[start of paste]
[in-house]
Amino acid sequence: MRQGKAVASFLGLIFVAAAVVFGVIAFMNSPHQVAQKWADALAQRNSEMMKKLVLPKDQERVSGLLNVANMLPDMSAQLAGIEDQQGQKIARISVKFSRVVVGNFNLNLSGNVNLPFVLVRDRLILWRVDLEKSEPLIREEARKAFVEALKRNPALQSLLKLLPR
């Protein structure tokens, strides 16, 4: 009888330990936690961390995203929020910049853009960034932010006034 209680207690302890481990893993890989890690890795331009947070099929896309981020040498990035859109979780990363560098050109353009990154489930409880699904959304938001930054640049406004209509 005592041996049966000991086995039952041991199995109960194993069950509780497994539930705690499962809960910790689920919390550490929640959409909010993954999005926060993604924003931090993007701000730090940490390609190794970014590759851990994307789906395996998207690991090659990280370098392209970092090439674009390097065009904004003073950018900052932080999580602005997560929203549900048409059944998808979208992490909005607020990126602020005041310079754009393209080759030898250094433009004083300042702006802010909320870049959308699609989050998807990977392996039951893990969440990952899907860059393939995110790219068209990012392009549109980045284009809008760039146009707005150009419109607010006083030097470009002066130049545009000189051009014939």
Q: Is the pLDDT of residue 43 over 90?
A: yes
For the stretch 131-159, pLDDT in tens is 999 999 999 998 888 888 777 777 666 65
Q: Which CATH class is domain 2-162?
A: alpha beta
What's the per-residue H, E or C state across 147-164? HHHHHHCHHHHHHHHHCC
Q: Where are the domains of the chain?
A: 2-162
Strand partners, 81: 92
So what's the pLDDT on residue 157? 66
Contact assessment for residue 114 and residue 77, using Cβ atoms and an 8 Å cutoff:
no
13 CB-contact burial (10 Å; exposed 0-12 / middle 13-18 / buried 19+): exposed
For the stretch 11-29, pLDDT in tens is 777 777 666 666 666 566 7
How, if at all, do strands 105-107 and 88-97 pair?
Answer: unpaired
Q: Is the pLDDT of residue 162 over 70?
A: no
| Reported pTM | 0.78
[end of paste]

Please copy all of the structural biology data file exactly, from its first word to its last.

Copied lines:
[in-house]
Amino acid sequence: MRQGKAVASFLGLIFVAAAVVFGVIAFMNSPHQVAQKWADALAQRNSEMMKKLVLPKDQERVSGLLNVANMLPDMSAQLAGIEDQQGQKIARISVKFSRVVVGNFNLNLSGNVNLPFVLVRDRLILWRVDLEKSEPLIREEARKAFVEALKRNPALQSLLKLLPR
């Protein structure tokens, strides 16, 4: 009888330990936690961390995203929020910049853009960034932010006034 209680207690302890481990893993890989890690890795331009947070099929896309981020040498990035859109979780990363560098050109353009990154489930409880699904959304938001930054640049406004209509 005592041996049966000991086995039952041991199995109960194993069950509780497994539930705690499962809960910790689920919390550490929640959409909010993954999005926060993604924003931090993007701000730090940490390609190794970014590759851990994307789906395996998207690991090659990280370098392209970092090439674009390097065009904004003073950018900052932080999580602005997560929203549900048409059944998808979208992490909005607020990126602020005041310079754009393209080759030898250094433009004083300042702006802010909320870049959308699609989050998807990977392996039951893990969440990952899907860059393939995110790219068209990012392009549109980045284009809008760039146009707005150009419109607010006083030097470009002066130049545009000189051009014939």
Q: Is the pLDDT of residue 43 over 90?
A: yes
For the stretch 131-159, pLDDT in tens is 999 999 999 998 888 888 777 777 666 65
Q: Which CATH class is domain 2-162?
A: alpha beta
What's the per-residue H, E or C state across 147-164? HHHHHHCHHHHHHHHHCC
Q: Where are the domains of the chain?
A: 2-162
Strand partners, 81: 92
So what's the pLDDT on residue 157? 66
Contact assessment for residue 114 and residue 77, using Cβ atoms and an 8 Å cutoff:
no
13 CB-contact burial (10 Å; exposed 0-12 / middle 13-18 / buried 19+): exposed
For the stretch 11-29, pLDDT in tens is 777 777 666 666 666 566 7
How, if at all, do strands 105-107 and 88-97 pair?
Answer: unpaired
Q: Is the pLDDT of residue 162 over 70?
A: no
| Reported pTM | 0.78